The early weeks of pregnancy are fragile—and confusing. Here, the answers to your questions.
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Planning to breastfeed your baby? You should. Nothing compares to the intimate moments between a mother and her nursing child, and nothing—nothing—helps a baby get off to a healthier start in life.
Hundreds of studies have proved the short- and long-term benefits of nursing: It decreases the incidence not only of diarrhea, ear infections and sudden infant death syndrome (SIDS) in babies, but also of diabetes, obesity, asthma, leukemia, bacterial meningitis and even some forms of lymphoma later in life. What’s more, research has shown that premature babies who are fed breast milk do better on tests of mentaldevelopment later in childhood than those given formula. These benefits likely apply to full-term babies as well.
There are plenty of proven perks for mothers, too: Breastfeeding reduces a woman’s lifetime risk of developing ovarian and breast cancers, as well as osteoporosis. Convinced? Keep reading and find out virtually everything you need to know to get off to a good start.
Top Keys to Success
To help you get off to a good start with breastfeeding, lactation consultants recommend following a few vital steps:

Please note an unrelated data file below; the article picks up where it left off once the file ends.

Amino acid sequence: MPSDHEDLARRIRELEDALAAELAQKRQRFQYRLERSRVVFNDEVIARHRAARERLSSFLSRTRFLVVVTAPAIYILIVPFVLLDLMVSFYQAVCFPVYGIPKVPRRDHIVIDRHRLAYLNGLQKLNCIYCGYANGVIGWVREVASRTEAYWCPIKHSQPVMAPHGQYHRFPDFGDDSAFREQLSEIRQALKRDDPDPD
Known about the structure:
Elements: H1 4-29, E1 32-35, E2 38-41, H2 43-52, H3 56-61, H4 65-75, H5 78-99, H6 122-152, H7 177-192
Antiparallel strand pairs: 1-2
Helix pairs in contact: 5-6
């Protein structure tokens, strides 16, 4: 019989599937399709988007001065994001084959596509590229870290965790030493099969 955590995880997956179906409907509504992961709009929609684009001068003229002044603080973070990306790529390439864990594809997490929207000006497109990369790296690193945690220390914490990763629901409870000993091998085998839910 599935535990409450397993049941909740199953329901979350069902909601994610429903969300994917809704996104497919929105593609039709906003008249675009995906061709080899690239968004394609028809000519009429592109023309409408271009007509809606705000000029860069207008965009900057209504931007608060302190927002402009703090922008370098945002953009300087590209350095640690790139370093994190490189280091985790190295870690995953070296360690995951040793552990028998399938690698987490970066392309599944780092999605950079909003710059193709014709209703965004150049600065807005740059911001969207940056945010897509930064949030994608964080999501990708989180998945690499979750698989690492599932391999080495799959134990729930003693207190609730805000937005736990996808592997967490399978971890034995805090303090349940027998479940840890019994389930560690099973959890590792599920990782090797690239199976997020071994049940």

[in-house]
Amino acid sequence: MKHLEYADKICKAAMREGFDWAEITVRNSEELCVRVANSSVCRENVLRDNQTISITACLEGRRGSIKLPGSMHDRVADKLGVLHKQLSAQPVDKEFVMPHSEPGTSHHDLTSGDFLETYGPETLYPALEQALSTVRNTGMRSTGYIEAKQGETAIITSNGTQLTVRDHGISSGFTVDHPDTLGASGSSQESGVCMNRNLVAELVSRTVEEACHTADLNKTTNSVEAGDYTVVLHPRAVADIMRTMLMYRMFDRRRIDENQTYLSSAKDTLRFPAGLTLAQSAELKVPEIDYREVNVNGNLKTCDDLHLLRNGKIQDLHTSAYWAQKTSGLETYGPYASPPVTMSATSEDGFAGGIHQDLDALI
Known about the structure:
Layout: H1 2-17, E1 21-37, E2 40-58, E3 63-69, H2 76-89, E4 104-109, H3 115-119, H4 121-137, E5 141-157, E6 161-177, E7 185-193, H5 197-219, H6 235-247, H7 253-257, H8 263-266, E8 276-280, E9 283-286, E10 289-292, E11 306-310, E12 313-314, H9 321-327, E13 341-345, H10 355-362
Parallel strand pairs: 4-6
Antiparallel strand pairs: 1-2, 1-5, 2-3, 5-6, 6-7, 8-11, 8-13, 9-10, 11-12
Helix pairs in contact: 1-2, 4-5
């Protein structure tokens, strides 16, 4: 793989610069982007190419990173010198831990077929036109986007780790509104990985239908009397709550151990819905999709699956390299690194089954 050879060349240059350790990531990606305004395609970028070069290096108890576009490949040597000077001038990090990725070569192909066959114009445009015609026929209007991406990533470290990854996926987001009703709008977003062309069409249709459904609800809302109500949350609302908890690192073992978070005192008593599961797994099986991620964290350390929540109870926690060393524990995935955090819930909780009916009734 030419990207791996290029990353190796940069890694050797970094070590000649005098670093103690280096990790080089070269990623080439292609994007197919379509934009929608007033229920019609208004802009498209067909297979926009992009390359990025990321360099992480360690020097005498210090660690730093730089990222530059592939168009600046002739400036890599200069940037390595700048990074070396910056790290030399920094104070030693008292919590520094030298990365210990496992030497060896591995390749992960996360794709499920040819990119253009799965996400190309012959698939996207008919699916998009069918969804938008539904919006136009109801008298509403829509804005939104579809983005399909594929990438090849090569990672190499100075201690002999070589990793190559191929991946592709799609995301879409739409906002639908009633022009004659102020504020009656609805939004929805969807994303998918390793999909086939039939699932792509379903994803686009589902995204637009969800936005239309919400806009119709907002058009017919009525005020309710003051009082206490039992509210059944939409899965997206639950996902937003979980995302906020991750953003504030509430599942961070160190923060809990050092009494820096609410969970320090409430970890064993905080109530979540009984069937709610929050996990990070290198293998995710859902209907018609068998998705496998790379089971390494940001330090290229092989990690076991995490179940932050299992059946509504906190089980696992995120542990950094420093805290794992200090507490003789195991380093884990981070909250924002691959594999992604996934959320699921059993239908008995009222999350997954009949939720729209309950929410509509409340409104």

Plan ahead “You need to prepare,” says Mary Lofton, a former public relations manager for La Leche League International. “You wouldn’t throw a dinner party without planning the menu, shopping and even preparing dishes ahead of time. Think of those first few breastfeeding sessions as the most important dinner party of your and your baby’s life.” The best way to prepare for this party is by taking a breastfeeding class, either through La Leche League (llli.org) or at a birthing center or hospital.
Choose the right hospital If there’s a “baby-friendly” hospital or birthing center in your area, consider having your baby there. These facilities are certified by the World Health Organization and UNICEF as offering optimal lactation services. (For a list of certified facilities, visit baby friendlyusa.org.) If you don’t have a site near you, choose a hospital that has certified lactation consultants on staff.
Breastfeed ASAP Most newborns are alert and ready to nurse right after birth but fall into a sleepy period for the next 24 hours or so, which can make it more difficult for them to feed. So let your baby nurse within 30 to 60 minutes of delivery—and be sure to inform the nurses of your intentions before she’s born. Also request that your baby be allowed to “room in” with you throughout your hospital stay so you are able to nurse as often as she wants.
If you have a Cesarean section, ask the nurses to bring your baby to you as soon as possible after delivery. They or your partner may need to help you hold her due to the effects of your anesthesia, but there is no reason you can’t breastfeed.